New Aerosol Design Shields Health Care Workers during Intubation
Monday, March 30, 2020 - During the course of COVID-19 treatment, critically ill patients can rapidly develop respiratory failure that requires emergent ventilator support. One of the highest risks for health care workers occurs during intubation. The process of inserting an endotracheal tube when placing a patient on a ventilator allows a high rate of contaminated air to be expelled and form aerosols. Approximately 3.2% of COVID-19 patients in mainland China required intubation and invasive ventilation at some point in the disease's course.1
As the need for intubation increases in U.S. cases, so does the need for a new method of safe delivery for health care works. Two Houston Methodist doctors, Steven H. Hsu, MD, assistant professor of clinical medicine, Department of Medicine, and adjunct assistant professor, Texas A&M University College of Medicine, and Faisal N. Masud, MD, medical director of critical care, Houston Methodist Hospital, and professor of clinical anesthesiology, Departments of Anesthesiology & Critical Care and Cardiovascular Sciences, DeBakey Heart & Vascular Center, have developed a way to bring that added safety to their co-workers. They designed the Houston Methodist Aerosol Container, or HMAC, a clear plastic box-like device that shields clinicians from expelled air when intubating a patient.
"The original design came from Dr. Lai Hsien Yung, an anesthesiologist in Christian Mennonite Hospital, Hualien, Taiwan, where I was born, and his family is living in Houston," said Hsu. "I found his design and thought 'This is a great idea to apply during this time of crisis.' "
Hsu and his colleagues at Houston Methodist have made several modifications to the HMAC, including an added disposable sheet that allows the head and neck to come under the box and keeps the aerosol from spreading. Another iteration upgraded the arm holes with a rubber seal, and soon a new version will include a slanted front to enable easier view and control. These changes enhance the box's utility and safety, and will allow it to be used for bronchoscopy or even nasopharyngeal sampling in addition to intubation.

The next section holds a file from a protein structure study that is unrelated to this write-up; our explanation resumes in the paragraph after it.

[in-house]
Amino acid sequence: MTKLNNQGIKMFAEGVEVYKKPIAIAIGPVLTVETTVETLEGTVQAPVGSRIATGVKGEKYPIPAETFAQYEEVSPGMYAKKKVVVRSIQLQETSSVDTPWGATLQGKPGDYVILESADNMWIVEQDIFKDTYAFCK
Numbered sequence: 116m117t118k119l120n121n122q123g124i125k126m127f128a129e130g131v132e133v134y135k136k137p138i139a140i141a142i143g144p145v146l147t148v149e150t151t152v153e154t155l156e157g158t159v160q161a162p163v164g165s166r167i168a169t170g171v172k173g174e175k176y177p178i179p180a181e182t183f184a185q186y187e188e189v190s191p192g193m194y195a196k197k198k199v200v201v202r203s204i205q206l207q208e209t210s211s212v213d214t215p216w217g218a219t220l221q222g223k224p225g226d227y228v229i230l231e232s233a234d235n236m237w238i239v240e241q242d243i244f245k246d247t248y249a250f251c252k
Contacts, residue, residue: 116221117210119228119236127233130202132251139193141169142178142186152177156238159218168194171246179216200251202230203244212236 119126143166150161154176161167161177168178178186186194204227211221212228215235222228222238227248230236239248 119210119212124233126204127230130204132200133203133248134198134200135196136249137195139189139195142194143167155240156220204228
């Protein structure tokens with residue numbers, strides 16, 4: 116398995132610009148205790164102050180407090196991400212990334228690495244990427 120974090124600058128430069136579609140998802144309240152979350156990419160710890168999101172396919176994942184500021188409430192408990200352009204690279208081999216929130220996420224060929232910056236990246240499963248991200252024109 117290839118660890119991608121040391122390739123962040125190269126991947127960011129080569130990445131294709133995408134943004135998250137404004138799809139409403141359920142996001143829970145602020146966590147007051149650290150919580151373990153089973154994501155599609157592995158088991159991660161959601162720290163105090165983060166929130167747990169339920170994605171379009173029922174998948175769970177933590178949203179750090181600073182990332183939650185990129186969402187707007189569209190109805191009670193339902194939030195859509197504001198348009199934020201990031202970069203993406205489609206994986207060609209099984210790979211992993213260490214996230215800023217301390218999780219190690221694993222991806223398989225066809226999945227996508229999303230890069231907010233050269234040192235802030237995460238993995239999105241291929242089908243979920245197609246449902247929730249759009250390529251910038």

The first prototype for testing was delivered on March 26. On the same day, Randolph Steadman, MD, chair, Department of Anesthesiology & Critical Care, DeBakey Heart & Vascular Center, coordinated plans for testing the first prototype in the Houston Methodist ICU. An additional prototype was deployed to the Emergency Department for testing and intubation purposes.
The HMAC continues to evolve during the testing phase. A new prototype, still in test at MITIETM, adds a vacuum component to remove undesirable aerosol. This design is not yet approved for use with patients. Using smoke to test air flow in the model, the team also confirmed this prototype with the vacuum left no particulate matter on the hands while intubating the test dummy.
Requests for prototype improvements are met with great flexibility and responsiveness due to Houston Methodist’s Machine Shop. The in-house machine shop, under the direction of lead machinist Juan Fernandez, will enable production of 10 new boxes in approximately seven days, with plans to deliver a total of 50 boxes in the following three weeks.
Each box can be produced at a minimal cost (approximately $67) using acrylic or transparent polycarbonate sheet. After each intubation, the box can be re-used after thorough cleaning with 70% alcohol or bleach.
From Taiwan's design to the evolution of HMAC, the aerosol box concept provides frontline health care workers a protective, reusable, effective and low-cost solution to minimize exposure and risks during the COVID-19 pandemic.